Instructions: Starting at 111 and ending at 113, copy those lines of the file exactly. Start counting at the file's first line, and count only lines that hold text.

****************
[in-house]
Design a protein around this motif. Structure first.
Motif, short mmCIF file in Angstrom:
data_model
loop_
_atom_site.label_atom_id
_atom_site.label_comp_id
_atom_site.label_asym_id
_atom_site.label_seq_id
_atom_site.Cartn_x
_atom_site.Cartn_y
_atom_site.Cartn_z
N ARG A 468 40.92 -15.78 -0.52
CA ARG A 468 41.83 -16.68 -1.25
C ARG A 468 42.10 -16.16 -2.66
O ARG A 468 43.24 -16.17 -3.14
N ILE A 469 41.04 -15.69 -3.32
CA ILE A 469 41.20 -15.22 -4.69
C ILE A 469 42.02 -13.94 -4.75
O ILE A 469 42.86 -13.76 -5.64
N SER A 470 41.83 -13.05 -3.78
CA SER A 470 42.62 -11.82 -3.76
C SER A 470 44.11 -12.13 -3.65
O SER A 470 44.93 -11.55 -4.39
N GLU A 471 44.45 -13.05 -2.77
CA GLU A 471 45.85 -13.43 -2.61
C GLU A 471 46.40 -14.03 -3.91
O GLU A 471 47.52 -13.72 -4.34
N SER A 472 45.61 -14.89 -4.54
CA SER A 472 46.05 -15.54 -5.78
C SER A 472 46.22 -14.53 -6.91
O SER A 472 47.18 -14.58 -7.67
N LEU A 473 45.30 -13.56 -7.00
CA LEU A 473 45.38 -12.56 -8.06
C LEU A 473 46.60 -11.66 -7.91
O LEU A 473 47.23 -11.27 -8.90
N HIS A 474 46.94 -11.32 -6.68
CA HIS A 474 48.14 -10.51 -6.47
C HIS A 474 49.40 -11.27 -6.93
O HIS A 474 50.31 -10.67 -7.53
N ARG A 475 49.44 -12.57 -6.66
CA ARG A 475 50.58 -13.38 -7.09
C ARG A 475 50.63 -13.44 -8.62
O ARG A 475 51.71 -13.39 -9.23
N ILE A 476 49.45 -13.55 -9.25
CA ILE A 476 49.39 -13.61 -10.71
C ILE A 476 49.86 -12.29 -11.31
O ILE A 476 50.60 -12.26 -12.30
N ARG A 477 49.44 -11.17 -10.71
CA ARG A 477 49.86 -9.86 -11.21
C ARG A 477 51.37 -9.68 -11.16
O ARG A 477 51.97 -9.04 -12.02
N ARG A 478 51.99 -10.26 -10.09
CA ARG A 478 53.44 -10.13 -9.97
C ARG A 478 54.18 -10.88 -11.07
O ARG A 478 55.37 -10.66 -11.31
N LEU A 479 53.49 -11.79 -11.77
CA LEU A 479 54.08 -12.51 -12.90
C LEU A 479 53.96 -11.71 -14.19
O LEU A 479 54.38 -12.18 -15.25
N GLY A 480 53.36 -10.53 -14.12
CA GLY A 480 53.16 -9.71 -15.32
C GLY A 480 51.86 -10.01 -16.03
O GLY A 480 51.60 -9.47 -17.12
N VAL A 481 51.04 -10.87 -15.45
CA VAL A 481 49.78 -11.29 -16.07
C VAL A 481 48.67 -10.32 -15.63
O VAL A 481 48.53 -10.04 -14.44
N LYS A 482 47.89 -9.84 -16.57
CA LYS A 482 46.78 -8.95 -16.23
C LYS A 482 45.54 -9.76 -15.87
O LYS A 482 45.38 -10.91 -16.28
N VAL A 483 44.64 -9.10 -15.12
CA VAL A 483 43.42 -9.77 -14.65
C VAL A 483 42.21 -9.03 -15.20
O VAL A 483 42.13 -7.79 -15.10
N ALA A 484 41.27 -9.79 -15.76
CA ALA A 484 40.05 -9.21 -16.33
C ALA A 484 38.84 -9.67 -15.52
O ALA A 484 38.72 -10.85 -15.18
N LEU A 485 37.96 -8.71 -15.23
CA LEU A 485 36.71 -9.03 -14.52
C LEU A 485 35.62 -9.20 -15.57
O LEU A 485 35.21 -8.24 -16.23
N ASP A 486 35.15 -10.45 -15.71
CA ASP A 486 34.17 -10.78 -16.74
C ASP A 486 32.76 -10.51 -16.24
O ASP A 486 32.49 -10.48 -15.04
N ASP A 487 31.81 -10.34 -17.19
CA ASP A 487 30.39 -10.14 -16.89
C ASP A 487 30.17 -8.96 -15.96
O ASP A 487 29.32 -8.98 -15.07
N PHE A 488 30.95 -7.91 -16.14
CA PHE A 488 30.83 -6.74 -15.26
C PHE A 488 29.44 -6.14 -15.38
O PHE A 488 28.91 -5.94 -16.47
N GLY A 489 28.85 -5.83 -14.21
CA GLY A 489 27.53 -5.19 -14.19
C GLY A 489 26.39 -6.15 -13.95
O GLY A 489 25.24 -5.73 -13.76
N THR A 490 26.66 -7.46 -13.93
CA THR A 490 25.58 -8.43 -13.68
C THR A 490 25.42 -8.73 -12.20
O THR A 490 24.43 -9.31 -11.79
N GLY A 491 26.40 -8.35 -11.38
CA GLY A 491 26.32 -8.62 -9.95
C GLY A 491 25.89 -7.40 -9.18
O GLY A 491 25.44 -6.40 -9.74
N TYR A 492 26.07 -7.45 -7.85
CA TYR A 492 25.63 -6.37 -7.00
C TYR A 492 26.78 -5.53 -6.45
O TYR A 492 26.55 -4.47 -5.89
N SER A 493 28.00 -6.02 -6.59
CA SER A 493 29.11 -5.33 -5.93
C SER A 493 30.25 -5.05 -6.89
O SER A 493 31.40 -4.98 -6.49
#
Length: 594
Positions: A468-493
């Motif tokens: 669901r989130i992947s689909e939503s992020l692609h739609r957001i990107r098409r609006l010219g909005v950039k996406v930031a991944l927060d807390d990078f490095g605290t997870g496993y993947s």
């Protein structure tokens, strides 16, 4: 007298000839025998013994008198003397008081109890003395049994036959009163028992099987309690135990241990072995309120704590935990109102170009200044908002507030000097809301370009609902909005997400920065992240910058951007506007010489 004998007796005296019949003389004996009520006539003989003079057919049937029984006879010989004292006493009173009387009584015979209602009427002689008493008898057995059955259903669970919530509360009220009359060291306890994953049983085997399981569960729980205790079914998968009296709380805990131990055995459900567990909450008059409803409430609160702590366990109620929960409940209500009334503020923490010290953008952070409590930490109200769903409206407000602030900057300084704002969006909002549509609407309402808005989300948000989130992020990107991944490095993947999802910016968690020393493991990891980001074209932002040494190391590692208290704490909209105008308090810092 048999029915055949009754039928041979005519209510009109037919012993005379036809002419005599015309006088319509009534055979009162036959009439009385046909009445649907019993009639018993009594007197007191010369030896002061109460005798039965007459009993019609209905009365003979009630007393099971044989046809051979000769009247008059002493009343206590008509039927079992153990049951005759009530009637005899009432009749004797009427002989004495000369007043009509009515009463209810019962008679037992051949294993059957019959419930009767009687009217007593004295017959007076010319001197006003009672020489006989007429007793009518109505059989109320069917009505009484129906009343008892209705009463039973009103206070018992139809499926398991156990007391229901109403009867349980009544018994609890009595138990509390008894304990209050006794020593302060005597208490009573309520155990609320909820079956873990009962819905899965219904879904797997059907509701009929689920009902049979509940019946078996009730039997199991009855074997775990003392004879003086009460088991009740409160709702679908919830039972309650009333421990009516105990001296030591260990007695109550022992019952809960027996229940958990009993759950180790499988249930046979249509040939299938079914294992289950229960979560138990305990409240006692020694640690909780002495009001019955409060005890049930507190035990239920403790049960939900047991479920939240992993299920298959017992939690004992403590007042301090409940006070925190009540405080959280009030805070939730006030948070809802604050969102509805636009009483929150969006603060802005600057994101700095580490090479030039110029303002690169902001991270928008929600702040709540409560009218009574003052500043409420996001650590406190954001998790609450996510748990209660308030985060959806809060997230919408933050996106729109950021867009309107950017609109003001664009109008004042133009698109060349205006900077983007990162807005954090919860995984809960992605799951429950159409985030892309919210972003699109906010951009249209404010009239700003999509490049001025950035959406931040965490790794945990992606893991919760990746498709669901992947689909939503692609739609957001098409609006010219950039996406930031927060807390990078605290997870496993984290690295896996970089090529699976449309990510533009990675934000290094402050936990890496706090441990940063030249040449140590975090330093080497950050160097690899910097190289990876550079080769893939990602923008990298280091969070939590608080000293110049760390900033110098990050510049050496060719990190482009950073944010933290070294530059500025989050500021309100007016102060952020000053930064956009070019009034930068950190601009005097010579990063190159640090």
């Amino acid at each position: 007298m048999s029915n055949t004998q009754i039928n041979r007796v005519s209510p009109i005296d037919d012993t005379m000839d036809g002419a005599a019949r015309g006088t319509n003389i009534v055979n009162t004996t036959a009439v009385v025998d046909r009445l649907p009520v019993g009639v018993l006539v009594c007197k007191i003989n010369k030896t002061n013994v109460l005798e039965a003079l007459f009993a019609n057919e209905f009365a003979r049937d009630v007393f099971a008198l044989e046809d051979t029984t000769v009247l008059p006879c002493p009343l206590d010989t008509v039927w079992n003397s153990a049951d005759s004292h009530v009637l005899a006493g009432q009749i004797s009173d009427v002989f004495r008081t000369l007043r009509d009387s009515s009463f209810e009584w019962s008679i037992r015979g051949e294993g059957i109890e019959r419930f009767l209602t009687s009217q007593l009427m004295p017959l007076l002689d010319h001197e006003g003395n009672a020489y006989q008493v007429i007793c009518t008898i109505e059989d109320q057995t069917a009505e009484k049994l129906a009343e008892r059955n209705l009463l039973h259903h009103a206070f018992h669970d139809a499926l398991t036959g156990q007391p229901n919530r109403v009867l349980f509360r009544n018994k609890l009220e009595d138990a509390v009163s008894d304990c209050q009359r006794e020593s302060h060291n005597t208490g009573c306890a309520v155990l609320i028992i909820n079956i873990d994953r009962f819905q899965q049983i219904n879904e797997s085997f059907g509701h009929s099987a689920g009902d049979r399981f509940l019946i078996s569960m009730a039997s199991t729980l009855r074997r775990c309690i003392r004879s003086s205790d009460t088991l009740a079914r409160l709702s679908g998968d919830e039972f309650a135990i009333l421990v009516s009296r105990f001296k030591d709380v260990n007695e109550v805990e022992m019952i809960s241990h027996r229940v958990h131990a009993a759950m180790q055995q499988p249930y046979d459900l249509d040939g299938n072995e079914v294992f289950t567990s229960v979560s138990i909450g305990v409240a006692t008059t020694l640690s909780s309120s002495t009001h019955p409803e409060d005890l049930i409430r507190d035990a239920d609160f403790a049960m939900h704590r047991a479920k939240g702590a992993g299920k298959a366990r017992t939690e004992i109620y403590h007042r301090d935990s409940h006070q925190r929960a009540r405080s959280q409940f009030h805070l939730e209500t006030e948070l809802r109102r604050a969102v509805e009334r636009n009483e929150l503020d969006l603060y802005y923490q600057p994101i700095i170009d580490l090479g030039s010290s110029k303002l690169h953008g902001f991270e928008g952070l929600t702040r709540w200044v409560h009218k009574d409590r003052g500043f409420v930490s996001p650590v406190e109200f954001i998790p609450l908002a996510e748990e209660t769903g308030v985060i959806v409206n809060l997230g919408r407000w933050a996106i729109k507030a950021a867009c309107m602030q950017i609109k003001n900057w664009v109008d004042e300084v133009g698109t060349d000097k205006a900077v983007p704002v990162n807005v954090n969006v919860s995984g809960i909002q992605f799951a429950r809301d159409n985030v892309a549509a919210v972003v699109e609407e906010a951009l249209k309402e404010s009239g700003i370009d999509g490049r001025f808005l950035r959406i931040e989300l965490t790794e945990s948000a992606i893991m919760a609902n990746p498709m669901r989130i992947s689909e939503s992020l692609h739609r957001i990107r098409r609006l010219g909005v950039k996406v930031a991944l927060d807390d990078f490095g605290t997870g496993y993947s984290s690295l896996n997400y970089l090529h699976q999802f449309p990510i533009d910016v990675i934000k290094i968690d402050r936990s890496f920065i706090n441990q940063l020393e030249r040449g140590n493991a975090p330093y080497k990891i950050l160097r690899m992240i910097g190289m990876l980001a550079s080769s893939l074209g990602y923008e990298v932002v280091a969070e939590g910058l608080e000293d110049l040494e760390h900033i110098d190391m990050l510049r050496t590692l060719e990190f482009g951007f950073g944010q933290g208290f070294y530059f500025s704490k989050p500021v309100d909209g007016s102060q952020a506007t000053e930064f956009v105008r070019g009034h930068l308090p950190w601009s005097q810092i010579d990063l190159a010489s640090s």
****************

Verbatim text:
C TYR A 492 26.78 -5.53 -6.45
O TYR A 492 26.55 -4.47 -5.89
N SER A 493 28.00 -6.02 -6.59